The Bruce Peninsula National Park did not escape the cuts to the Parks Canada budget -- but it is still attracting hundreds of visitors.
12 of the 40 employees at the Park were affected by the cutbacks announced by the Harper Conservatives in the Spring.
Superintendent Frank Burrows tells Bayshore Broadcasting News no positions were eliminated, but some full-time workers became part time employees.
Burrows notes some seasonal workers also noticed their hours reduced.
However, Burrows says there won't be too much of a change for the visitor experience.
He notes 70 to 80 per cent of park visits take place in the summer months, and they continue to operate the Tobermory Visitors' Centre at full capacity.
But Burrows says the Centre will only be open five days a week instead of seven in the Spring and Fall seasons.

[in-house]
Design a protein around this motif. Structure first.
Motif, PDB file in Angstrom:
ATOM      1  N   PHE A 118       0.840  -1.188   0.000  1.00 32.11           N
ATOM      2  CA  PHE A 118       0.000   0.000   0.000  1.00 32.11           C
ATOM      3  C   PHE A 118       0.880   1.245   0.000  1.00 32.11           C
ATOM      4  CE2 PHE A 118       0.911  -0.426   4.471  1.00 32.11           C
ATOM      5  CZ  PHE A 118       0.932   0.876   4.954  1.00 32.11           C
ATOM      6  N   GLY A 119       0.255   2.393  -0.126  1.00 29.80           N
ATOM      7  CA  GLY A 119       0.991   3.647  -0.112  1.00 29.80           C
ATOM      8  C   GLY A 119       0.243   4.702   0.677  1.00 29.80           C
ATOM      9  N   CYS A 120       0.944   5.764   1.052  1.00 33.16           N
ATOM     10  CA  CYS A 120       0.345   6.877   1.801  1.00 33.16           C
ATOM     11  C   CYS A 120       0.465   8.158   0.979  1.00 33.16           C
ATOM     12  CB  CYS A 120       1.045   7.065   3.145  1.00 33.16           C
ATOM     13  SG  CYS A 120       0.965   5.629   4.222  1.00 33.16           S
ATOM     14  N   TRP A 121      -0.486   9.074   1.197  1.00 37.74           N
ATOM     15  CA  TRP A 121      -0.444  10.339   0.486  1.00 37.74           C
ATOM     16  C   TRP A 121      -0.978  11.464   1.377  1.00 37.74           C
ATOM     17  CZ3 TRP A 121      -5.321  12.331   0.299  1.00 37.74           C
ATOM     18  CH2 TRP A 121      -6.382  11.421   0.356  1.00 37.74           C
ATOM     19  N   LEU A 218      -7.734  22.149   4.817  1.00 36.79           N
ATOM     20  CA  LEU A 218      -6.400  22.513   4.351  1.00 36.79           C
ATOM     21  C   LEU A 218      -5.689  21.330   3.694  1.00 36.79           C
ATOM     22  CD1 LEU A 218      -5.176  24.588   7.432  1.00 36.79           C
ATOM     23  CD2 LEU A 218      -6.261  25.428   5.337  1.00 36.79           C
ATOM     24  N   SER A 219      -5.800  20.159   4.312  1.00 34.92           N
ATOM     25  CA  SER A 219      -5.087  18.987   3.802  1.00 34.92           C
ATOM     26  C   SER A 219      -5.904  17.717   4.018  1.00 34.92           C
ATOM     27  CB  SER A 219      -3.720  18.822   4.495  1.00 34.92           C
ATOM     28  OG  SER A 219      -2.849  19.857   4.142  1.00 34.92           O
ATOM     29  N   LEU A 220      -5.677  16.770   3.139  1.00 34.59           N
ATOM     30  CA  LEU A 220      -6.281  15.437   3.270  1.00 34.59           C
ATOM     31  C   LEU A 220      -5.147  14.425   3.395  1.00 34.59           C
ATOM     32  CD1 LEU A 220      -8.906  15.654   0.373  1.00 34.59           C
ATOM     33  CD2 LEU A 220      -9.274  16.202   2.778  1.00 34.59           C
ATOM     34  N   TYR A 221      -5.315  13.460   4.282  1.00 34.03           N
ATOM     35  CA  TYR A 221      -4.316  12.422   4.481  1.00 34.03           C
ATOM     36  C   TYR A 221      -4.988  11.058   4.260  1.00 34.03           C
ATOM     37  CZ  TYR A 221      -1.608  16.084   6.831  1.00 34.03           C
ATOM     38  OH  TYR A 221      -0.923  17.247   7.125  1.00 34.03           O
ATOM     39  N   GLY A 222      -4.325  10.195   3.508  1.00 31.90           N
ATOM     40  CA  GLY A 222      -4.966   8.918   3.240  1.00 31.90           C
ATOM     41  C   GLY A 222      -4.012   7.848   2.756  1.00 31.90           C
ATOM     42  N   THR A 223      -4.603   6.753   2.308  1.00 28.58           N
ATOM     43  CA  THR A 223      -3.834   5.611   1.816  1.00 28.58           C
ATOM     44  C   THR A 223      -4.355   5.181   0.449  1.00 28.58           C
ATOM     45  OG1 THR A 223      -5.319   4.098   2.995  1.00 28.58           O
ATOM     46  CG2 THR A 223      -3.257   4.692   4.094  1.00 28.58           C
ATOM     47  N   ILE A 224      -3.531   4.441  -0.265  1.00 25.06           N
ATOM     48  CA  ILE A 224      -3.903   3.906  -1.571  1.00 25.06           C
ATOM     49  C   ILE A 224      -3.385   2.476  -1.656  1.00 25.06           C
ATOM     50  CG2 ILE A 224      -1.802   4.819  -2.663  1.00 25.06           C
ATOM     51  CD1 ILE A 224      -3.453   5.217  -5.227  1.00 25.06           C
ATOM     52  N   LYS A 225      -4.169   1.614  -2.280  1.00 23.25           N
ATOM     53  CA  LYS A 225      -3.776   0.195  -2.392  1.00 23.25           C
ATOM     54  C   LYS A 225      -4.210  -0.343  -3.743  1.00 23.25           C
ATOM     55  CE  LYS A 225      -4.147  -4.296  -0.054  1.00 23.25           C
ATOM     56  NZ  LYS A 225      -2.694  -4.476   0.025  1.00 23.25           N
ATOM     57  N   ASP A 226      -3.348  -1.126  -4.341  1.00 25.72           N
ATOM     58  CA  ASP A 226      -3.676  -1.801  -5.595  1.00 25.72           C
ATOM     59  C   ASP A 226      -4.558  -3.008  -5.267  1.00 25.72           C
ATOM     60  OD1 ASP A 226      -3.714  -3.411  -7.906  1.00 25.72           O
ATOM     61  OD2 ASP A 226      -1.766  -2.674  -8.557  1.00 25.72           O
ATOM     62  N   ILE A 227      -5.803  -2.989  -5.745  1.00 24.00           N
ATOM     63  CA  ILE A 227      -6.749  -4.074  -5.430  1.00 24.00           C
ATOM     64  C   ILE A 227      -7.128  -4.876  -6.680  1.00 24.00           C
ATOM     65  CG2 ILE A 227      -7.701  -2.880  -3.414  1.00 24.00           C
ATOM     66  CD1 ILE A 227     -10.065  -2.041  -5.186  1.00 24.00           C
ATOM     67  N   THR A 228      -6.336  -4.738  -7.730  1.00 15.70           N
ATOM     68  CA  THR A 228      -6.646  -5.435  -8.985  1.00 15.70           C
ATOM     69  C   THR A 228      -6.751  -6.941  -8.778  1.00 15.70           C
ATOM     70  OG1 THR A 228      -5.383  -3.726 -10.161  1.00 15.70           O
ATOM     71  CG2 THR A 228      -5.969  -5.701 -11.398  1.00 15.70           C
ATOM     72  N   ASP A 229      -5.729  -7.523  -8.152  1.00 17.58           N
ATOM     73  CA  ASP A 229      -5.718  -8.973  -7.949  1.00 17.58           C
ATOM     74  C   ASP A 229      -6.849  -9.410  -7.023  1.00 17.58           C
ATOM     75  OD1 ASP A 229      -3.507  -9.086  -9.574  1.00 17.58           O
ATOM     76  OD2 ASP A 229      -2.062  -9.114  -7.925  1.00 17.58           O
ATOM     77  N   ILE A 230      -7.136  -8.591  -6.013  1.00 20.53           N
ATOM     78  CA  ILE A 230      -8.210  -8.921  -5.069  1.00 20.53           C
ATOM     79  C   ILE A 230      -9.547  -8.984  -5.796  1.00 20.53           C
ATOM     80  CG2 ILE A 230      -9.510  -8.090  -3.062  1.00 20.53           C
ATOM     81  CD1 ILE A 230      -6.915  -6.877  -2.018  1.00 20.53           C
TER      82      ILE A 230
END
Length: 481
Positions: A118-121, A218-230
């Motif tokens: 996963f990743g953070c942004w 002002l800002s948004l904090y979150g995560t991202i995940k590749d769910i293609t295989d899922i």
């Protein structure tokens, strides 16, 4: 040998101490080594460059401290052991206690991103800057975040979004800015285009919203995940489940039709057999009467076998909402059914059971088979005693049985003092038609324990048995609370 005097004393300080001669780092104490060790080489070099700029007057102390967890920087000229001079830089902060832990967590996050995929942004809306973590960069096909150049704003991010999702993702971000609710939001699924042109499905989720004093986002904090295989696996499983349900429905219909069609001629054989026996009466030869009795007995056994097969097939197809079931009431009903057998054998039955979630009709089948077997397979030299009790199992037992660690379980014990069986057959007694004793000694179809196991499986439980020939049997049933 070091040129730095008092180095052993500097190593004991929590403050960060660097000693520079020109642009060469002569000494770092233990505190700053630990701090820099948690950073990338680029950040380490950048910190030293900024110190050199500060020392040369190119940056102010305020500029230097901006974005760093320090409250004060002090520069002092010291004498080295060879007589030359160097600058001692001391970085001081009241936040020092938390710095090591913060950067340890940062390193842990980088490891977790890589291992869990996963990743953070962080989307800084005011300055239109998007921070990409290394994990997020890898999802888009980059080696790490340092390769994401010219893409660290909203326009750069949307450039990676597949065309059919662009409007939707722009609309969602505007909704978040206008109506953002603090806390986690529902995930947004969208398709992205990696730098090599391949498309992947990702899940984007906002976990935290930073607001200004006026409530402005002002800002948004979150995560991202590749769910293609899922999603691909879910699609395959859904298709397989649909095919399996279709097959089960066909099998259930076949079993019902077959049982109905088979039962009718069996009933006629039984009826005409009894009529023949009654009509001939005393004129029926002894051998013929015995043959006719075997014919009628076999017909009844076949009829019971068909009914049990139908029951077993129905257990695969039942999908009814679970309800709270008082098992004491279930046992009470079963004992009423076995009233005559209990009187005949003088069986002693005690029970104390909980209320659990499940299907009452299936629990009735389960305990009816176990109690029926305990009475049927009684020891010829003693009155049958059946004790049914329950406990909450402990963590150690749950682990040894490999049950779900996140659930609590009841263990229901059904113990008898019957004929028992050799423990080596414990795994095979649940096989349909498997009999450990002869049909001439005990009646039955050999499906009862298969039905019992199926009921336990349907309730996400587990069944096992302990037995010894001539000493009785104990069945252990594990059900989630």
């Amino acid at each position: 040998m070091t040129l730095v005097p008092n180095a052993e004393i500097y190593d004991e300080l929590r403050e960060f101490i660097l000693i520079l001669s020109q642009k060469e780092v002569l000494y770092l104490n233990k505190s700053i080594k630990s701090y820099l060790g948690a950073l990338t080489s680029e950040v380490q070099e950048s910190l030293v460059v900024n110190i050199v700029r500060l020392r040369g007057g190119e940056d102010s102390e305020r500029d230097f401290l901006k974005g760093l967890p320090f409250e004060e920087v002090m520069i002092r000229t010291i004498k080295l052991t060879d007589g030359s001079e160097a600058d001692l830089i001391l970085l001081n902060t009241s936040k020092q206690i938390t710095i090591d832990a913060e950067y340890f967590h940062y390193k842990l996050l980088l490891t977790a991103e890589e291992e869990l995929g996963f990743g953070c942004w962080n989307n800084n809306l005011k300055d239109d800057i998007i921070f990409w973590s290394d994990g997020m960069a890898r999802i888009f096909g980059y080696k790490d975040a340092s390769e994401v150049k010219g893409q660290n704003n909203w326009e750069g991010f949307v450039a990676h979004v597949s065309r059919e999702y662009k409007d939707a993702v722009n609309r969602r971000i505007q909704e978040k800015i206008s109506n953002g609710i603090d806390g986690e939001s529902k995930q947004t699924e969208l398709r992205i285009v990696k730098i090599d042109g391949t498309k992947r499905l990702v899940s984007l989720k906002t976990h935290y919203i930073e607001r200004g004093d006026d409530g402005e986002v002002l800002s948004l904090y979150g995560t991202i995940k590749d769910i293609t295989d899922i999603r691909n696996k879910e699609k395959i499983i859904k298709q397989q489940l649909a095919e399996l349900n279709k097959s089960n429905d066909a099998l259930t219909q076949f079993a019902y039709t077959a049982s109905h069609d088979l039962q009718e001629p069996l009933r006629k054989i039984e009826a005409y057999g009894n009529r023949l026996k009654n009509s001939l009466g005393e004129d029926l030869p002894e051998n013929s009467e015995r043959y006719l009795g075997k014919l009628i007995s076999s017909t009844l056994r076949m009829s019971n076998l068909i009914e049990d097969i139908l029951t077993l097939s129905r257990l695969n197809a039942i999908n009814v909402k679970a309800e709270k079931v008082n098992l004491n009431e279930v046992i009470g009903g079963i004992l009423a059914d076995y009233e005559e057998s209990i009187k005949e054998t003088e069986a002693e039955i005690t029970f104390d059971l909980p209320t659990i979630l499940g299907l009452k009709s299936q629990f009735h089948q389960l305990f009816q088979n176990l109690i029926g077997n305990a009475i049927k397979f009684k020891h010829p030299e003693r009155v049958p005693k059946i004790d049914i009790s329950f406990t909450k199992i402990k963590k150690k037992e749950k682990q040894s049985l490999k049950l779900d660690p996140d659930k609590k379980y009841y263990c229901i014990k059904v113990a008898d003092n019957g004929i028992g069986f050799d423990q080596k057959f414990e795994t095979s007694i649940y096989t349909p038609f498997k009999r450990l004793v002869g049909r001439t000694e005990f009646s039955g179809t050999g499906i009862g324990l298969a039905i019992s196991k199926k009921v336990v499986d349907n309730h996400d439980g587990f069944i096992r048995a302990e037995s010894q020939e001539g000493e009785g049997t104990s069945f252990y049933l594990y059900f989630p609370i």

In the winter season -- which is Thanksgiving to Victoria Day -- Burrows says they will have to unfortunately close the visitors' centre, and limit the amount of winter yurt camping available.
Burrows remains positive things will turn around in the future.
He believes the Bruce Peninsula National Park and the Fathom Five Marine Park are resilient.
Burrows says they are a popular park, with strong visitation, and he believes that will help them weather these changes and build for a strong rebound.